Shipbuilding downturn hits GL

30 Jul 2012
Job losses ahead for GL?

Job losses ahead for GL?

The COO of Germanischer Lloyd, Torsten Schramm, has said restructuring and job losses are now likely in the classification society as a result of a continuing global decline in ships on order, writes Tom Todd.

In an interview with the respected German-language publication THB, Mr Schramm noted continuing world-wide reluctance to order newbuildings and its effects on the equipment supply sector. “If a crankshaft is not ordered then an engine doesn’t get built. And if an engine doesn’t get built, neither does a ship”, he was quoted as saying.

Employees at GL’s Hamburg HQ and at branches across the world have already been informed of the current situation. The society employs some 6,900 people, 1,200 of them in Hamburg.

Mr Schramm said GL’s 1,500 ship surveyors world-wide were “fully booked” to the end of this year and added that GL was involved in the delivery of ships of about 12 million gt in 2012. However, in 2013 there would be a decline in newbuilding orders, he predicted.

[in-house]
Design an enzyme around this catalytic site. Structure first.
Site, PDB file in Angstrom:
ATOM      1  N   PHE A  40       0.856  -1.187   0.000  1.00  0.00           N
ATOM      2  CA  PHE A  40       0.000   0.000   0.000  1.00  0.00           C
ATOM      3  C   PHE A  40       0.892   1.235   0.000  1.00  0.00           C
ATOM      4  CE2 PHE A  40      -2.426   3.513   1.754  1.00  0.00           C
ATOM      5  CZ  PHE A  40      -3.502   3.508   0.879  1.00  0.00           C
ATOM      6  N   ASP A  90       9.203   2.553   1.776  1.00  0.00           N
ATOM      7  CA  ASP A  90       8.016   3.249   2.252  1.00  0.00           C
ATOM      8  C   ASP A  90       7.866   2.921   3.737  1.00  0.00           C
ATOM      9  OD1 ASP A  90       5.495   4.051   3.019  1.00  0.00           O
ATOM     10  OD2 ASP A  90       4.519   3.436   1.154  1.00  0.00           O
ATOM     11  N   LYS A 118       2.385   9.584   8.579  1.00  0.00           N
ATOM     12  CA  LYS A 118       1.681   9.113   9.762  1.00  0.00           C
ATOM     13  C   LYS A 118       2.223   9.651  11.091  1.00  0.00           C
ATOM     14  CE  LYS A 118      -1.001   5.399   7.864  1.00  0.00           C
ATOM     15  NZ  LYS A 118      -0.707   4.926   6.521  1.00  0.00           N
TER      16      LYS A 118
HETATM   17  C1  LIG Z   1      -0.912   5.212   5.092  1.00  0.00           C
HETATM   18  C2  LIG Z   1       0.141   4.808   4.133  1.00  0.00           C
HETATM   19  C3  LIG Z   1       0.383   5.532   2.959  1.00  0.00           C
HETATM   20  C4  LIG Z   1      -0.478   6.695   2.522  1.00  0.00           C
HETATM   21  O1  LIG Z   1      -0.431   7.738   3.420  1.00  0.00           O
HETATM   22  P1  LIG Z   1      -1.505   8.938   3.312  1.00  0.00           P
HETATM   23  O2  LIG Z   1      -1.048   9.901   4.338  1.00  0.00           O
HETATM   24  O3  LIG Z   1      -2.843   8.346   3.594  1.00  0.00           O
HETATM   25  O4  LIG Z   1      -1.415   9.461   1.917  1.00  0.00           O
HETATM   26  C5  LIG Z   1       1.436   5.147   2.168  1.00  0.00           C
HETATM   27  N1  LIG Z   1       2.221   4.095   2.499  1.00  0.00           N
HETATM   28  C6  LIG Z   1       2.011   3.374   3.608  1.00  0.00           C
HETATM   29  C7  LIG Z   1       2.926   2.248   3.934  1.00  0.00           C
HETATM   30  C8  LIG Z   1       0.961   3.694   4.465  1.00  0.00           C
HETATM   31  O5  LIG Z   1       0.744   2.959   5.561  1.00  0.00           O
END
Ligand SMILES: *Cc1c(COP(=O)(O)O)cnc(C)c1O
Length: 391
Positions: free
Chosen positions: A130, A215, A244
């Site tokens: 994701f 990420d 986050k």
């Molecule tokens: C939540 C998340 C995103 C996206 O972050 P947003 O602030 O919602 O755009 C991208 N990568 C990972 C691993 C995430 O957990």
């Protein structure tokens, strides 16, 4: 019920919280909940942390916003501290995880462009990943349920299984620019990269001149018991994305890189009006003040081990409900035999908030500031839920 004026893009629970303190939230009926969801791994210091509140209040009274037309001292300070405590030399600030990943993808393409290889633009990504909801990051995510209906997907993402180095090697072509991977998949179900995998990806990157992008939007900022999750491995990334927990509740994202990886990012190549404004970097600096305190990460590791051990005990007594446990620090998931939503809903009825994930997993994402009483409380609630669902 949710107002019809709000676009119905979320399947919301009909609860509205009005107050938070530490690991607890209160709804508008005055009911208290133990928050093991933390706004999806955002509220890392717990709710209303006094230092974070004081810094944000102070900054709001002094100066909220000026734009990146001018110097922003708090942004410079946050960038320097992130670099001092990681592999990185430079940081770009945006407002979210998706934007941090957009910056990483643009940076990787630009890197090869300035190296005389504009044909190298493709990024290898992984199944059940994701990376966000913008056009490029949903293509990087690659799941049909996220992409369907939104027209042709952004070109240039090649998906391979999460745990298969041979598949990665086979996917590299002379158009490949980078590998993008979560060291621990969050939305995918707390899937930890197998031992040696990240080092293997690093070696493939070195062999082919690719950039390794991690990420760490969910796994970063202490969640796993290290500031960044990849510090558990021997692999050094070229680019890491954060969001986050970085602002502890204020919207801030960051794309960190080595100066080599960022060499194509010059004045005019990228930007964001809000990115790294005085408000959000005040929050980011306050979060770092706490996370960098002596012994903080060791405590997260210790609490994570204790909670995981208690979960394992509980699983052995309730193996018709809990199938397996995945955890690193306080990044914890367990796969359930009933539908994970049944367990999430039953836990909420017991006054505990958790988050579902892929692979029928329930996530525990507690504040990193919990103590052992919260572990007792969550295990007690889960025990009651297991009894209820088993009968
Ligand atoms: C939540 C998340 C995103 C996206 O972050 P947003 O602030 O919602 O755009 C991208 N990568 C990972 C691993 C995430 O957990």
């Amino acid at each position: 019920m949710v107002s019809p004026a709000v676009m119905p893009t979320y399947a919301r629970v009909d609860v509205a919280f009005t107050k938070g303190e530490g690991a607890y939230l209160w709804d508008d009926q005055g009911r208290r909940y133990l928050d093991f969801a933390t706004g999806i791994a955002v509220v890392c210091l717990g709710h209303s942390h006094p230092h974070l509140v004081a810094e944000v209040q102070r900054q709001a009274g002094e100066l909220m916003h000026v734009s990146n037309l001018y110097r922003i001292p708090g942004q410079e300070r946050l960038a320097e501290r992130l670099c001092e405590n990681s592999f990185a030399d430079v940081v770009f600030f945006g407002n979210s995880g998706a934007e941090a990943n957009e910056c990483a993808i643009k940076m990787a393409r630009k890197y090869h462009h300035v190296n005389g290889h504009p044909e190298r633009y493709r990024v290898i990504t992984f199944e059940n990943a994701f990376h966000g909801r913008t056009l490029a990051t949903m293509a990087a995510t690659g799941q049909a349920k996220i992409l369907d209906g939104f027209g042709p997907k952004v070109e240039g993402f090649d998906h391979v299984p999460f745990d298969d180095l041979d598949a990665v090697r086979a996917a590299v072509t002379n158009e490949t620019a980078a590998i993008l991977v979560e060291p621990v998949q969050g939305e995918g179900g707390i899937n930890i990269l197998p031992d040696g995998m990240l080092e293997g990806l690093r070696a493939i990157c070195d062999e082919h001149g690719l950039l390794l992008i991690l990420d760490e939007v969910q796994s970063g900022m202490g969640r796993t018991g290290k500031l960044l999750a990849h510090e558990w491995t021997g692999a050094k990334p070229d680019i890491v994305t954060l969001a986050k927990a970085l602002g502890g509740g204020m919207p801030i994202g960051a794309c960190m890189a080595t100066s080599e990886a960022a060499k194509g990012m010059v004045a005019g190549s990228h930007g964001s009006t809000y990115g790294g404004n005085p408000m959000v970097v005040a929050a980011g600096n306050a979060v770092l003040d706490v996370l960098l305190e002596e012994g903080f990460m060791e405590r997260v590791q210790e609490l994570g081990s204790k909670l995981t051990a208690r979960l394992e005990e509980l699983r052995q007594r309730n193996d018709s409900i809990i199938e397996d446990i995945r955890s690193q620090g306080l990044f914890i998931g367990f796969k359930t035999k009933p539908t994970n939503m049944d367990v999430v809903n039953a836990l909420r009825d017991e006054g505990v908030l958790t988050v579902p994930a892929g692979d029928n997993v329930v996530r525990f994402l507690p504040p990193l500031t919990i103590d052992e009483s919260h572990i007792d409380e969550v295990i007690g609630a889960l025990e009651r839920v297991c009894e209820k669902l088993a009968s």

One reason was the difficult situation in German shipping companies - traditional GL customers. They were either not getting, or experiencing great difficulty getting, finance to build new ships. According to THB Mr Schramm described the recent decision by the giant Commerz Bank to withdraw from ship financing as “a fatal signal for the sector”.

One result of the decline in newbuilding orders, Mr Schramm was quoted as saying, was that alternative work had to be found for about 180 employees world-wide in GL’s Maritime Services sector. Redundancies were a possible last-ditch resort, but GL wanted to concentrate on “intelligent measures spread over two to three years”, he said. Alternative job possibilities were seen above all in the expanding oil and gas and renewable energy sectors.

GL said a revival in business and in newbuilding activity was expected by 2016 at the latest and Mr Schramm predicted: “tomorrow’s ships have to be more economical and more eco-friendly. There are big opportunities for GL here, for example in providing expert advice to shipowners. To do that however we need good engineers”.

He predicted that research and development would become increasingly important with LNG propulsion more interesting for owners faced with stricter eco regulations and rising oil prices. He noted GL was already very active in this sector.

“Germanischer Lloyd has mastered many business crises in its 160 years. It will also master this one”, THB quoted Mr Schramm as saying.

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